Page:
Yoga can be a great way for someone to recover from a variety of painful and debilitating injuries, such as pulled muscles, torn ligaments, and broken bones. The gentle, low-impact movements of yoga can help strengthen muscles, soothe the mind, regain full use of limbs, and reduce overall pain. However the practice, if done incorrectly, can exacerbate current injuries and even lead to new ones. It is all too easy for an inexperienced yoga practitioner to push him or herself too far or get into a pose incorrectly. As a yoga teacher, it’s important to stay up-to-date on how to prevent student injuries in the classroom. There are many continuing education options for this topic, and they can help any yoga instructor avoid having student injuries occur in their classes.
Although yoga is generally considered a gentle, competition-free activity, it can be all too easy for beginners to come into the class and try to force their bodies into the same poses as veteran students. Unfortunately, these students may be coming in with no yoga experience, limited flexibility, or little muscle strength. By forcing themselves into these positions, they can easily pull muscles or strain ligaments. As a teacher, it is up to you to address these new students when they come into your classroom. Speaking to new students privately and explaining that there is no pressure to do a pose perfectly or to the same extent that another student is reaching can prevent injuries. Make sure they understand that the flexibility will come with time, and make them aware of the dangers of trying to extend themselves past their personal limits. Ensuring that new students don’t feel any pressure to look perfect will cut down on student injuries and it will help beginners have a positive learning experience in your yoga class. Continuing education courses geared towards working with beginners can help you be prepared to deal with yoga novices in your class so you to prevent some of the more common injuries.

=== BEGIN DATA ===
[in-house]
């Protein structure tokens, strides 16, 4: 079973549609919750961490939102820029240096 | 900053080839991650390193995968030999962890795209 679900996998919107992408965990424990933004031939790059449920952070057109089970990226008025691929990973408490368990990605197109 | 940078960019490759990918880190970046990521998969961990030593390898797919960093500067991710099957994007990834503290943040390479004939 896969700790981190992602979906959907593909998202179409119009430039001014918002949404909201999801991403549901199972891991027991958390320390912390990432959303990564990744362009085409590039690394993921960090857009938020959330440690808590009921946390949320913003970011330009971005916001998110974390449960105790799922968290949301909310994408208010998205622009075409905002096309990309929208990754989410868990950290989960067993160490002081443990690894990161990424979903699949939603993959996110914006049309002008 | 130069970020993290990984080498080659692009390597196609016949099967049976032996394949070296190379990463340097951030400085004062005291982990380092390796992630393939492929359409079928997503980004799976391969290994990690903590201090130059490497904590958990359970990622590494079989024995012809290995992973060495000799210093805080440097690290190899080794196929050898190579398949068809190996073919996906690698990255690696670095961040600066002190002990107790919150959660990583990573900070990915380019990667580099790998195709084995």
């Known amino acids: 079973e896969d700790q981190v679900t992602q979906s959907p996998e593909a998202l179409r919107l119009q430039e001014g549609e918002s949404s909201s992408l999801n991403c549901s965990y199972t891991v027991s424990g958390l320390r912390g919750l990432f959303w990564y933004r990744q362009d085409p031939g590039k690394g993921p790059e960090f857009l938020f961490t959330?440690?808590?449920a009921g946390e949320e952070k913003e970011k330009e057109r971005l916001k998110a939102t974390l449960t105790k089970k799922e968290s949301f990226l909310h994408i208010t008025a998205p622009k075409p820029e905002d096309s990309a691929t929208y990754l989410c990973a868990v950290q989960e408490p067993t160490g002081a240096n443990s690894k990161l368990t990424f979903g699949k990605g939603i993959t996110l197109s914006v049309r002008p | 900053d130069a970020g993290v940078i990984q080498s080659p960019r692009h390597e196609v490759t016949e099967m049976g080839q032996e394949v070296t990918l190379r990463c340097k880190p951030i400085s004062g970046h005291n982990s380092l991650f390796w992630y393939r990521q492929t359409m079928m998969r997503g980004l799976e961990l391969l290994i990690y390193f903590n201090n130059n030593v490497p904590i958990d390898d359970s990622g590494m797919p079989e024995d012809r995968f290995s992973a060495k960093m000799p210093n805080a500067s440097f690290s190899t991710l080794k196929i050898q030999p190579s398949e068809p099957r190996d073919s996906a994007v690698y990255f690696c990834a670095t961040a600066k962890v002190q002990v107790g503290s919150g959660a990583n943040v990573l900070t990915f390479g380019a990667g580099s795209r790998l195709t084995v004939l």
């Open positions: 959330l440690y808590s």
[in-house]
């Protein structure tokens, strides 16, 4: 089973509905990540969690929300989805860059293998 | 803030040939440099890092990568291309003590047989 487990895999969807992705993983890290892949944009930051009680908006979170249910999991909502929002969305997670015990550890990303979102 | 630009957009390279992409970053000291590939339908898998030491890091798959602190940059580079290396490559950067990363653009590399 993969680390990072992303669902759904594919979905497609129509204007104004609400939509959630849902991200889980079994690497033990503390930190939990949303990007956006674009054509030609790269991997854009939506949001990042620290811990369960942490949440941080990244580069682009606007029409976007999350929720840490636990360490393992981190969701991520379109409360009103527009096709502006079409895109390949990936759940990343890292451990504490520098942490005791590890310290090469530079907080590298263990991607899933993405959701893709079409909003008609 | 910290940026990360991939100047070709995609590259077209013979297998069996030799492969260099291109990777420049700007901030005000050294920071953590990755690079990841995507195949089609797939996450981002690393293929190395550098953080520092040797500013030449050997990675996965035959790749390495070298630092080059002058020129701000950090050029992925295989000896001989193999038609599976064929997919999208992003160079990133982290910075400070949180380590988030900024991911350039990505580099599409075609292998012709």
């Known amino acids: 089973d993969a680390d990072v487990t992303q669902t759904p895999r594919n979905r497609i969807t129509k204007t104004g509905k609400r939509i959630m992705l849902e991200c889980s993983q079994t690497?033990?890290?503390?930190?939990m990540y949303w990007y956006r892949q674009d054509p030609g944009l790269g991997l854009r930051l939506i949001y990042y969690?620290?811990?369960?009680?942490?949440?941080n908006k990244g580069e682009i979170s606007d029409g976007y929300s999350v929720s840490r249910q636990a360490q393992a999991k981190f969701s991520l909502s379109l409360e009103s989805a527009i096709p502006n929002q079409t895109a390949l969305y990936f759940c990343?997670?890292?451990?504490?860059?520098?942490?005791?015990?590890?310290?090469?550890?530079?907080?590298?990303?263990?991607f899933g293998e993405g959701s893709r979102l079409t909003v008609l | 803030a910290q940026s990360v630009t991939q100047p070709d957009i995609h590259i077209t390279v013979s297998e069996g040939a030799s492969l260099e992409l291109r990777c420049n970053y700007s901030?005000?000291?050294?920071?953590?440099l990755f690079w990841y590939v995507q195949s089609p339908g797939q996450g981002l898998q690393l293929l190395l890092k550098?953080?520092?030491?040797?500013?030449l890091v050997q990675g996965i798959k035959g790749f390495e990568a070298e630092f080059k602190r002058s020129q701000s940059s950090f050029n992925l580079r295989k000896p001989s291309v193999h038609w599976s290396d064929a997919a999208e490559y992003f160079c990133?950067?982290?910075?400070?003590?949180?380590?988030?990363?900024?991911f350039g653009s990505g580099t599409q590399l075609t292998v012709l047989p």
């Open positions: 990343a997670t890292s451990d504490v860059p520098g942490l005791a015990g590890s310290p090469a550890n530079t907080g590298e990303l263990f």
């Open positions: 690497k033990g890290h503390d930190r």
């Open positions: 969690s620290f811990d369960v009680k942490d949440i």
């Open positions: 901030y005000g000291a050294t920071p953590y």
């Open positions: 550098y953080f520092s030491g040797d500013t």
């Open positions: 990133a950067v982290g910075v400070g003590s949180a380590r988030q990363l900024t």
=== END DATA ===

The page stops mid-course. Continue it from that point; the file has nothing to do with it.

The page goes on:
As a yoga instructor, it is also important to monitor all of your students during the class, no matter what their experience level is. Even advanced students can get injured during certain poses. This is especially true for the more advanced poses, such as inversions and backbends. During these poses, watch students and see if anyone is struggling. If someone is unable to get into a pose or if they appear to be in pain, intervene immediately. This is an important role as a yoga instructor. You can help your students learn the correct way to get into the pose by making adjustments to their body or by offering props to make the pose easier. Yoga blocks, straps, and bolsters can be helpful tools to have to help beginning students or less flexible students safely get into a pose. Continuing education classes that teach you how to implement these tools into your class may help you feel more comfortable offering them to your students. These workshops can also help you recognize when a student is struggling or if they are in pain during a certain pose so you can offer assistance.
Yoga is a wonderful practice for people from all walks of life, but without a great, knowledgeable teacher, students can become frustrated with injuries that cause joint pain, muscle strains, stiffness, and more. If you are a yoga teacher, make sure you are prepared to deal with the possibility of injury by educating yourself with continuing education workshops and courses. Learning how to prevent injury, what injuries are possible in the classroom, and how to treat yoga injuries are all-important factors of being an excellent, well-rounded yoga instructor for any type of the practice.
© Copyright – Aura Wellness Center – Publications Division
See our testimonials to find out what our graduates have to say about teaching yoga students and our selection of online yoga instructor training courses.
If you are a teacher, yoga school manager, blogger, e-zine, or website publisher, and are in need of quality content, please feel free to use my blog entries (articles). Please be sure to reprint each article, as is. Namaste!